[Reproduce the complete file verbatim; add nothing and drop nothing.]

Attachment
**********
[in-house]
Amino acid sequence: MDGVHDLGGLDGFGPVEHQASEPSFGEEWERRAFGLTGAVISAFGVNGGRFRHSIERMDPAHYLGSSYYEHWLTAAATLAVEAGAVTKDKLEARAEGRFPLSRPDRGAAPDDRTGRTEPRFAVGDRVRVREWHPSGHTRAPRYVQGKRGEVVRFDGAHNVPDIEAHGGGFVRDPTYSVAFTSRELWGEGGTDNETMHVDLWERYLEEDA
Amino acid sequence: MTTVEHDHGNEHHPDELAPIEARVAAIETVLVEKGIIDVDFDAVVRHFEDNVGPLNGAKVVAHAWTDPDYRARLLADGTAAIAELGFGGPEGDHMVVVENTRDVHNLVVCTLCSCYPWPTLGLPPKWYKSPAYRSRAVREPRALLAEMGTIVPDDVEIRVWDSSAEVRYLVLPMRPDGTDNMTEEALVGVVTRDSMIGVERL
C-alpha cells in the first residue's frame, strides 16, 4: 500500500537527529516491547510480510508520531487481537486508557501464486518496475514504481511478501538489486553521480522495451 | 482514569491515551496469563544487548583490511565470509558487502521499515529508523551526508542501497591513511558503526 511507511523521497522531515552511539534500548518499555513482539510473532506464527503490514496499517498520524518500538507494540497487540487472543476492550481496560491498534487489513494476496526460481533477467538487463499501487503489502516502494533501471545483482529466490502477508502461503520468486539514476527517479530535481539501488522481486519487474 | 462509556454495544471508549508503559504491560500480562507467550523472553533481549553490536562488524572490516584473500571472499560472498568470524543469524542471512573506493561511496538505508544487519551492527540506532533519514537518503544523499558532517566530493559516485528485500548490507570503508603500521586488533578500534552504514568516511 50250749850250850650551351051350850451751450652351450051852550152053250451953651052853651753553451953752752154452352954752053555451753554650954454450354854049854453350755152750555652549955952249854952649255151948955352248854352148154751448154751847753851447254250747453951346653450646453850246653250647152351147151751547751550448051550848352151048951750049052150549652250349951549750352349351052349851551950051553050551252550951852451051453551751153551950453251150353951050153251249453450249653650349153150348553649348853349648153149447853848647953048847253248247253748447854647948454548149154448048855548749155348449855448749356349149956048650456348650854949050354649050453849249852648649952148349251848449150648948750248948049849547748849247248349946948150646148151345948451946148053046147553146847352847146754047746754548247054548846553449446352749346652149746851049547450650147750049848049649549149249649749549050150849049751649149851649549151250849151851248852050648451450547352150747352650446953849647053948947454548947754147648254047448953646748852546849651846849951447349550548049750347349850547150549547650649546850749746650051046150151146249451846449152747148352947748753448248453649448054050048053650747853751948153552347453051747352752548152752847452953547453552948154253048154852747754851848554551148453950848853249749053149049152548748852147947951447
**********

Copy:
[in-house]
Amino acid sequence: MDGVHDLGGLDGFGPVEHQASEPSFGEEWERRAFGLTGAVISAFGVNGGRFRHSIERMDPAHYLGSSYYEHWLTAAATLAVEAGAVTKDKLEARAEGRFPLSRPDRGAAPDDRTGRTEPRFAVGDRVRVREWHPSGHTRAPRYVQGKRGEVVRFDGAHNVPDIEAHGGGFVRDPTYSVAFTSRELWGEGGTDNETMHVDLWERYLEEDA
Amino acid sequence: MTTVEHDHGNEHHPDELAPIEARVAAIETVLVEKGIIDVDFDAVVRHFEDNVGPLNGAKVVAHAWTDPDYRARLLADGTAAIAELGFGGPEGDHMVVVENTRDVHNLVVCTLCSCYPWPTLGLPPKWYKSPAYRSRAVREPRALLAEMGTIVPDDVEIRVWDSSAEVRYLVLPMRPDGTDNMTEEALVGVVTRDSMIGVERL
C-alpha cells in the first residue's frame, strides 16, 4: 500500500537527529516491547510480510508520531487481537486508557501464486518496475514504481511478501538489486553521480522495451 | 482514569491515551496469563544487548583490511565470509558487502521499515529508523551526508542501497591513511558503526 511507511523521497522531515552511539534500548518499555513482539510473532506464527503490514496499517498520524518500538507494540497487540487472543476492550481496560491498534487489513494476496526460481533477467538487463499501487503489502516502494533501471545483482529466490502477508502461503520468486539514476527517479530535481539501488522481486519487474 | 462509556454495544471508549508503559504491560500480562507467550523472553533481549553490536562488524572490516584473500571472499560472498568470524543469524542471512573506493561511496538505508544487519551492527540506532533519514537518503544523499558532517566530493559516485528485500548490507570503508603500521586488533578500534552504514568516511 50250749850250850650551351051350850451751450652351450051852550152053250451953651052853651753553451953752752154452352954752053555451753554650954454450354854049854453350755152750555652549955952249854952649255151948955352248854352148154751448154751847753851447254250747453951346653450646453850246653250647152351147151751547751550448051550848352151048951750049052150549652250349951549750352349351052349851551950051553050551252550951852451051453551751153551950453251150353951050153251249453450249653650349153150348553649348853349648153149447853848647953048847253248247253748447854647948454548149154448048855548749155348449855448749356349149956048650456348650854949050354649050453849249852648649952148349251848449150648948750248948049849547748849247248349946948150646148151345948451946148053046147553146847352847146754047746754548247054548846553449446352749346652149746851049547450650147750049848049649549149249649749549050150849049751649149851649549151250849151851248852050648451450547352150747352650446953849647053948947454548947754147648254047448953646748852546849651846849951447349550548049750347349850547150549547650649546850749746650051046150151146249451846449152747148352947748753448248453649448054050048053650747853751948153552347453051747352752548152752847452953547453552948154253048154852747754851848554551148453950848853249749053149049152548748852147947951447